We were organized as a community based mainline church, evolved into a Liberal Protestant church and now are most often referred to as a Progressive Christian church.  We continue to evolve in naming our identity both to ourselves and to the wider world.

  • Community and mainline indicated both not Catholic or Lutheran, but also a thoughtful approach to faith.
  • Liberal named that we are neither evangelical in they way it had become known, nor theologically conservative. It spoke of open minded, theologically flexible.
  • Progressive speaks to the open minded but adds an element of heart and ritual – a recognition that faith is not just about ideas, but is more embodied.  Again we’ve evolved, and we know that no one term is adequate.

Java and Jesus itself started because words matter.  In 2004 a group of us read the book Meeting Jesus Again for the First Time by Marcus Borg.  After reading that, we took on the writing of John Shelby Spong.  Both are theologians who reframed Christianity and some of its central beliefs in new language.  More importantly, their adaptation of traditional language gave our faith new energy.  New words were not only about language, but about helping us access the Holy.  They either gave us new words or redeemed old language for us. Christianity grounded in a belief system was presented as rooted in relationships.  Creeds and their attempts to articulate the faith were blown open.  The names and images for God multiplied enormously.

  • In light of this, we’ve explored all kinds of language for the prayer Jesus taught us.
  • We use a baptismal formula that lifts up the character of each person of the Trinity rather than simply using the traditional language of Father, Son and Holy Spirit.  More than just rebelling against male language, we’ve chosen a formula that speaks to how we understand the Holy in our lives.
  • We’ve expanded what we mean by “Sacred Text” to include non-biblical material.

And by and large, this is all fabulous. While imperfect, it helps us adapt our faith in ways that are lifegiving and soul stirring.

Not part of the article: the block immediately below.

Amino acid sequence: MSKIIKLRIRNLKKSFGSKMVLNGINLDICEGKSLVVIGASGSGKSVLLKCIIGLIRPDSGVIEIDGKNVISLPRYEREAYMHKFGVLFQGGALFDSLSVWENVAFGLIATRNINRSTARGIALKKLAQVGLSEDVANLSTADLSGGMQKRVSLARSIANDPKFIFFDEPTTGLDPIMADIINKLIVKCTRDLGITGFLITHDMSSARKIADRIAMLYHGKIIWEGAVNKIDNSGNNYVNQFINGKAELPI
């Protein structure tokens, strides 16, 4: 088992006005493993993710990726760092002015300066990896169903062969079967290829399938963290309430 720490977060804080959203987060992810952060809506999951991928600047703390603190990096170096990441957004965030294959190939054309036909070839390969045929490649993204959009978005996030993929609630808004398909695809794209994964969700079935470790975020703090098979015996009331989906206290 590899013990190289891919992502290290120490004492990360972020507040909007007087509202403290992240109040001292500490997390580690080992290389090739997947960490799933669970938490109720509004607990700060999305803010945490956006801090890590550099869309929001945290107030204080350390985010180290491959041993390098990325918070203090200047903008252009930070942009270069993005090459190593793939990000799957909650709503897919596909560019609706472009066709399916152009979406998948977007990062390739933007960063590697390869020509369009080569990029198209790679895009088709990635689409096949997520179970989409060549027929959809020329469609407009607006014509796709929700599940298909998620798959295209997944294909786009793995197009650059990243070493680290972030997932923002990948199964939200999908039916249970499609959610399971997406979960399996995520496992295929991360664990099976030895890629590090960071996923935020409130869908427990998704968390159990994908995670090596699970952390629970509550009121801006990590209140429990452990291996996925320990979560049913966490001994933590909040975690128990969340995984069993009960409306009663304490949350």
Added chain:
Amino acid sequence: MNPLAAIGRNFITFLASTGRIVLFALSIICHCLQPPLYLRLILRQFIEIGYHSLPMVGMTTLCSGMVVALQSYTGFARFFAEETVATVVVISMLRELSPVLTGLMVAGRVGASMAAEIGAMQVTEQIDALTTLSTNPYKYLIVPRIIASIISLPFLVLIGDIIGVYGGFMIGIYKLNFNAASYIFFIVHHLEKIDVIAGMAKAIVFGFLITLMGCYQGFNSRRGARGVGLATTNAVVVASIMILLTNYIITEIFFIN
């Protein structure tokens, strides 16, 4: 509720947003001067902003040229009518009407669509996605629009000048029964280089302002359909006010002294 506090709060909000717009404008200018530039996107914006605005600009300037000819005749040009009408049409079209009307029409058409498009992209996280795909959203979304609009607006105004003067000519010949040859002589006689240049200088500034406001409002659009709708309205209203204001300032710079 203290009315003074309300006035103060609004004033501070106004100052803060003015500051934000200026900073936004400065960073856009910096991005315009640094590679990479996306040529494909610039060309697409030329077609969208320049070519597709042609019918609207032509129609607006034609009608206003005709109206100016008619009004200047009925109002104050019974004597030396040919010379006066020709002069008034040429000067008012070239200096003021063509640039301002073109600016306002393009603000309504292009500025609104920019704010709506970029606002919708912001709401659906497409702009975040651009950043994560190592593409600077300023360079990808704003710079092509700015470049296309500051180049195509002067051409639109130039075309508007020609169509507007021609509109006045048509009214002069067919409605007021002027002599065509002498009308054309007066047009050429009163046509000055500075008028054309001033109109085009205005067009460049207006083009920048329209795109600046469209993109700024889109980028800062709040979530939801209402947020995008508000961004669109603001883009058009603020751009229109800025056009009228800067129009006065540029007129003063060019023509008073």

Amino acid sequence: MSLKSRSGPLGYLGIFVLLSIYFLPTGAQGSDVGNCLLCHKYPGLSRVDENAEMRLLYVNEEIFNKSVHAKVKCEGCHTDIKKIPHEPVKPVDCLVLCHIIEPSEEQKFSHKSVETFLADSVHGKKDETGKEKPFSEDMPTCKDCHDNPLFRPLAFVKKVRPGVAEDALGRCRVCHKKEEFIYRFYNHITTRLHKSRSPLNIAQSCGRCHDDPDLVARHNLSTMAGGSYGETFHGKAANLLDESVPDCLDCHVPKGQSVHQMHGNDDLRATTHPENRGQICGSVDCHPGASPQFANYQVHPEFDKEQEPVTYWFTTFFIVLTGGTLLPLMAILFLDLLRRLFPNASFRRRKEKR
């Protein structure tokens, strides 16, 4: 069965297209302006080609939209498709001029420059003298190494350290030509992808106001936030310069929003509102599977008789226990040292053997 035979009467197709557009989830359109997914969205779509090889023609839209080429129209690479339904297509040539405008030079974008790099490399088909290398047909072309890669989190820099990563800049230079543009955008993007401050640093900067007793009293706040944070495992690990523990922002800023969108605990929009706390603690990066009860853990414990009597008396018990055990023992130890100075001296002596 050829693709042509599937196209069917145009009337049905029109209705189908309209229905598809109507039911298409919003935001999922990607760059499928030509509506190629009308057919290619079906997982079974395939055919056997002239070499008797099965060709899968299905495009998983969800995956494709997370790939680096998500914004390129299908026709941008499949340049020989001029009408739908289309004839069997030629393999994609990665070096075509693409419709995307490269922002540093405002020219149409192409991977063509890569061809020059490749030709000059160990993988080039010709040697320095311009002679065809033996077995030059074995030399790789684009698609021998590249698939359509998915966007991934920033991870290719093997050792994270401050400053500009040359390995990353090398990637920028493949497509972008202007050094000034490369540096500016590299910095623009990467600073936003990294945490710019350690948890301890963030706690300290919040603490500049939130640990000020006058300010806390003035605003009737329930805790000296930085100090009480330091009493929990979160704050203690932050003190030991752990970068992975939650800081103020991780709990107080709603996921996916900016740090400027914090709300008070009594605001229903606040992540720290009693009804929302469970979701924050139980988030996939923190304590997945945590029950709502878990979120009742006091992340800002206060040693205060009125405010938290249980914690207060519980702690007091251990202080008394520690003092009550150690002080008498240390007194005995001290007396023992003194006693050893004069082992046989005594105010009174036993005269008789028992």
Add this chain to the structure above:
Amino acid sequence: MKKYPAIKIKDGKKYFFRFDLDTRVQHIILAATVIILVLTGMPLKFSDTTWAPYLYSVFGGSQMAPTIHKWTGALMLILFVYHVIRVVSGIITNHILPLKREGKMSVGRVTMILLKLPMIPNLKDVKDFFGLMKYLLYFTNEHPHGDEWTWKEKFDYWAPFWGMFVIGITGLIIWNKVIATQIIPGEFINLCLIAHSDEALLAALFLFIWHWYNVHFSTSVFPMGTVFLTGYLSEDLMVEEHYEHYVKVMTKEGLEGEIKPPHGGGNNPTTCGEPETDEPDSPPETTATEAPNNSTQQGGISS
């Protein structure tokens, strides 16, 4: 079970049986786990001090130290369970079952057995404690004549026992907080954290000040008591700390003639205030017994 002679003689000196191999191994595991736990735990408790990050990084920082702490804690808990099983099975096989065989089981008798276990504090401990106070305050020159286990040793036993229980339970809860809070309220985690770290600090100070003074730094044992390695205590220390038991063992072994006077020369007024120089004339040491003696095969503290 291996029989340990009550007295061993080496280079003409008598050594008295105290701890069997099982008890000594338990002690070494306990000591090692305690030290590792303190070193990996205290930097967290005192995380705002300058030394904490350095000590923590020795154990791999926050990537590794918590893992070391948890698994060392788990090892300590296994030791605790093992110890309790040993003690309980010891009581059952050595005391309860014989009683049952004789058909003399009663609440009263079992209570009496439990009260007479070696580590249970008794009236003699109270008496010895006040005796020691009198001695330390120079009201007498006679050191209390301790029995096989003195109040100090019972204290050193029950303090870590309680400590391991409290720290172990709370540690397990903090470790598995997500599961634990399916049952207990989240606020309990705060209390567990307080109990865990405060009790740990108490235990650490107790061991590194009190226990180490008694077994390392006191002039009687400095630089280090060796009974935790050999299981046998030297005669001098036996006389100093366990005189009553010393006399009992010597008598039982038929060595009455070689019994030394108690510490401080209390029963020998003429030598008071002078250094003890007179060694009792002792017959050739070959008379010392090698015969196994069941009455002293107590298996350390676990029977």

Until Christmas time when I usually get an earful because we sing a traditional carol with newly adapted language.  Inclusive language and expansive images for God are fine until

O Come let us adore him becomes O come in adoration. 

Language is good until it gets in the way.  (Sidebar – please remember more about this sermon than a defense of traditional Christmas carols!)

That visceral, passionate response speaks of a larger truth we would do well to explore all year.  We rail against updated Christmas carols and Biblical translations, I believe, because doing so impacts powerful and spiritually important memories, experiences and connections.

If we mine our own biblical tradition, of course, we remember that there is a difference between “words” and “your Word” or “The Word.”

  • Your word is a lamp unto to my feet.  A light unto my path.
  • In the beginning, was the Word.  The Word then became flesh and lived among us.

The Word is about life, it is a means of knowing God.  In Greek the word is LOGOS and it points to relationship.  In the Hebrew Bible it was shorthand for a deep affection, adoration and faithfulness to God.  In the New Testament it expands to include embodiment, enfleshment – as in Jesus.  As in all of us.  It is so much more than our spoken language, so much more than the words we use to describe ourselves or the world.